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The mammal was photographed by Scots paramedic Danny Kerr off the west coast, between Islay and Gigha, as he was flying to pick up a patient.

He later sent the image to the marine charity Sea Watch, which enlisted the help of two American academics.

All three independently concluded that it was a Sei whale.

Adult Sei whales can weigh between 20 and 30 tonnes and grow up to 19.5m in length.

Crew excitement

The mammals can live up to 65 years and swim up to 55km per hour.

Mr Kerr spotted the whale while the aircraft, from the Clyde Heliport in Glasgow, was flying at about 500ft.

"There is always excitement on board when the team spots a school of dolphins or other marine animals," he said.

"This time I was lucky, there were no patients on board and I had a camera to hand and was able to get some shots.

"When I got home I looked at the pictures and my first impression was a humpback because I thought the pectoral fins were white but due to its body shape and broad tail, I then thought it looked more like a fin whale which is when I contacted Sea Watch."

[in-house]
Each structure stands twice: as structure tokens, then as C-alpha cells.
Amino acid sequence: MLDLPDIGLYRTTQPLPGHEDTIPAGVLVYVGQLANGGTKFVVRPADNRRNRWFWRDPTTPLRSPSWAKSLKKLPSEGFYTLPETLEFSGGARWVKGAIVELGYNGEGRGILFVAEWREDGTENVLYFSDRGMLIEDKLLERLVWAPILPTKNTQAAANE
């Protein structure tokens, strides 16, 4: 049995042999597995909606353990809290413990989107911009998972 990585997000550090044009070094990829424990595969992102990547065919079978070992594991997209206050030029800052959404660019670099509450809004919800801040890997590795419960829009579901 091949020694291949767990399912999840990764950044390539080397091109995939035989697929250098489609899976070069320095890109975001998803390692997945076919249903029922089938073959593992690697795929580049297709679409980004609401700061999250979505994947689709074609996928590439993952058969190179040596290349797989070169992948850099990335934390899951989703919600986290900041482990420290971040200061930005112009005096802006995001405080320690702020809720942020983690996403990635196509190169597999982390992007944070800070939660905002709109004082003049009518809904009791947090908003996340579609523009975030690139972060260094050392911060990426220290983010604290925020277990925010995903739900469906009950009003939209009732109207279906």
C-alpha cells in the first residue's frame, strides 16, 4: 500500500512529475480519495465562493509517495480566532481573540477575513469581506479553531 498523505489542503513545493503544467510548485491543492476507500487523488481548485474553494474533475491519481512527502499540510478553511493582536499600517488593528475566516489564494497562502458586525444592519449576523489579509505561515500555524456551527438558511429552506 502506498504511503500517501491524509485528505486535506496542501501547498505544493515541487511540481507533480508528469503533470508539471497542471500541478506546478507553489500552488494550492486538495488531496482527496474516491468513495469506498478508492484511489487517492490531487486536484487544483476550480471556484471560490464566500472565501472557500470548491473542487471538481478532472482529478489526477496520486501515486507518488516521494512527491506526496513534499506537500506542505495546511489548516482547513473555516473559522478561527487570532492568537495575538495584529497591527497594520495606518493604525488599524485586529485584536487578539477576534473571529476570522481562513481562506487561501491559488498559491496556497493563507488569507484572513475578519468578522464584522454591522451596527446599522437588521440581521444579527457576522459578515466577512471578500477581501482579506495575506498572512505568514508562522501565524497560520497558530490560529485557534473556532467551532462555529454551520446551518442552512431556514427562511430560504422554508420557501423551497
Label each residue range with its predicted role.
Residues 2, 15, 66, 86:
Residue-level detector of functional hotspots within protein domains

The charity's research director Dr Peter Evans was also puzzled and sought independent views from two American experts in species identification.

He sent the image to Dr Phil Clapham, co-author of Sea Mammals of the World, and Dr Tom Jefferson, co-author of another identification guide, Marine Mammals of the World.

Unusual sighting

Dr Evans said: "We ruled out a humpback whale because of the slim body shape and smooth back but I didn't understand how its pectoral fins could be white until Tom mentioned that from above these can appear very light.

"We then considered whether it could have been a Fin whale, which would itself have been unusual for the waters, but the picture showed that the dorsal fin curved backwards and was relatively large, two features that fit Sei whale but not Fin whale.

"The three of us independently concluded it was most likely to be a Sei whale."

Sei whales are protected internationally and are usually spotted singly or in pairs and feed on schooling fishes, small crustaceans, other invertebrates, including squid.

There have been only eight confirmed sightings in Scotland in the past 50 years.

It is thought there may be only about 13,500 Sei whales in all of the North Atlantic - their numbers having been severely depleted by whaling and fishing.

From BBC News